Abstract: Tuning the pKa of Fluorescent Rhodamine pH Probes via Substituent Effects

Hello!

My name is Sarah Stratton and I am a junior chemistry major. I have been working in Professor Harbron’s research lab since the fall of my freshman year, where I have been studying rhodamine dyes which fluoresce in acid. Specifically, we have been modifying the structure of these dyes to determine how the size and electronic properties of the molecule impact the pH at which the molecule fluoresces. This project has also been lovingly referred to as the “pink project” because the rhodamine derivatives I work with are clear in basic solutions and bright pink in acidic ones. Having stained various surfaces in the lab as well as some articles of clothing, I can personally attest to the tenacity and eye-popping color of these dyes!

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What’s the True Value of a Cell Phone?

Hello!

My name is Jonah Abraham, and I’m a sophomore at the College. This summer, I’ll be traveling to Tanzania to do my project, currently laboring under the clunky working title “What’s the True Value of a Cell Phone?” (If you have a snappier title, let me know in the comments!) In any case, I’ll be there for around seven weeks, living in the Tanzanian capital, Dar es Salaam. I’m working with three others students from W&M, and together we are all working on various aspects of Professor Roessler’s research.

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Abstract: Early Marriage and Sexual and Reproductive Health among Mahadalit Youth in Bihar, India – a Community- Based Participatory Research Approach – Blog Post #1

Hi everyone,

I am extremely grateful to the Charles Center and Sharpe Scholars Program for helping me fund my summer research! I have been working on this research proposal for two years now, having started developing the proposal my first semester, freshman year with a great deal of support from Professor David Aday through his Sharpe seminar “Communities & Neighborhoods: Class, Space, and Race” and his research methods course. I also reached out to Professor Camilla Buchanan, my professor for Introduction to Epidemiology and an MD/MPH who I felt could also give me great advice on conducting public health research at the community level. After freshman year, I got in touch with “Pathfinder International: India,” a nonprofit that offered me support for my research, which I will conduct this summer, alongside their implementation project in the Katihar, Saharsa, and Purnea districts of Bihar.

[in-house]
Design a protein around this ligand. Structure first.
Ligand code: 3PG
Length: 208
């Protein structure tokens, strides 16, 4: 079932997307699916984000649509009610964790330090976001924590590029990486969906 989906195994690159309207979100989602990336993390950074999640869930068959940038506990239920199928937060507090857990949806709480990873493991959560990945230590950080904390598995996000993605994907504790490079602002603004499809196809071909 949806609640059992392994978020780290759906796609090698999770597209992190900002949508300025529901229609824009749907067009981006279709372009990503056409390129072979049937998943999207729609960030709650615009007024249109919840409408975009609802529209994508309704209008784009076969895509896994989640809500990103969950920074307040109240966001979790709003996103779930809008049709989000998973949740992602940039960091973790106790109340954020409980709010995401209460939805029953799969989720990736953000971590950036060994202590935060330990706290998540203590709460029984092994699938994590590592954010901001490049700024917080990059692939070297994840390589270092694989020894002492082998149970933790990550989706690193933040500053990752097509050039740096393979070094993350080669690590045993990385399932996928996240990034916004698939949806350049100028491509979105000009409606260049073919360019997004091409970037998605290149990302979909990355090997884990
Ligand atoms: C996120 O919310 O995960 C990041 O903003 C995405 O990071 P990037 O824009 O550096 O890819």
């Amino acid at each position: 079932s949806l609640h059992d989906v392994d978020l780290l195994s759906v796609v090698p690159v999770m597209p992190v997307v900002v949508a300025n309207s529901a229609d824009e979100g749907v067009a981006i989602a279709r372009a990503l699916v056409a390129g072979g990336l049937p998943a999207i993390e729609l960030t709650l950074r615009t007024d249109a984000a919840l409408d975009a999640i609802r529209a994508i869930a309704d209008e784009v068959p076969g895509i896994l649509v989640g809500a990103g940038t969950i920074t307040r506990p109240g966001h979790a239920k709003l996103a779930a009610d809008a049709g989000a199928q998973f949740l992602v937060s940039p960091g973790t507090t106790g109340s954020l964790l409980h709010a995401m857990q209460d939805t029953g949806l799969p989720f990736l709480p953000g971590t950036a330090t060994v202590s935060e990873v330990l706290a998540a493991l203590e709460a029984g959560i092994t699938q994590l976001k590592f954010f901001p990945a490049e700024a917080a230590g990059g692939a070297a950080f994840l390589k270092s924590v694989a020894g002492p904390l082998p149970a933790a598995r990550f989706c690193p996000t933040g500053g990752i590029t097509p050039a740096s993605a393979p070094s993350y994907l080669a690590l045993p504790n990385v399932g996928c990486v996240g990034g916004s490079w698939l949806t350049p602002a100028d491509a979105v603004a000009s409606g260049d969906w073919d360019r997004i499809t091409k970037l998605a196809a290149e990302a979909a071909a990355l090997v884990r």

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Analyzing Greenspace on Campus with the Parks Research Lab

Hi everyone!

My name is Abigail Bradford, and I’m a junior double-majoring in Environmental Science and Classical Archaeology.   This summer I am very excited to have the opportunity of working with Dr. Ibes and other student researchers in the Parks Research Lab.  Last semester, I took an Environmental Science seminar called Campus Parks Research with Dr. Ibes.  In this seminar, we tested the effects of varying levels of “indoor green” on a person’s mood.  This included placing students in one of four inside spaces with varying levels of green, the greenest being the Millington greenhouse and the least-green being a windowless room in Millington.  Our results were very compelling: the rooms with “indoor green” improved participants’ moods significantly more than the control room.

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Using SMS to Describe The Fading Mechanisms of Organic Red Dyes

When thinking about the great artists of our time, Da Vinci, Picasso, or Monet, to name a few, one comes to realize how important their contributions were to shaping the progression of our society. But as time goes on the masterpieces we cherish fade away, even under the care of the finest museums. Vibrant pigments become a dull semblance of what they once were, sometimes even changing color completely. So how can we preserve an artist’s original intent, letting their work be studied for decades to come? With chemistry.

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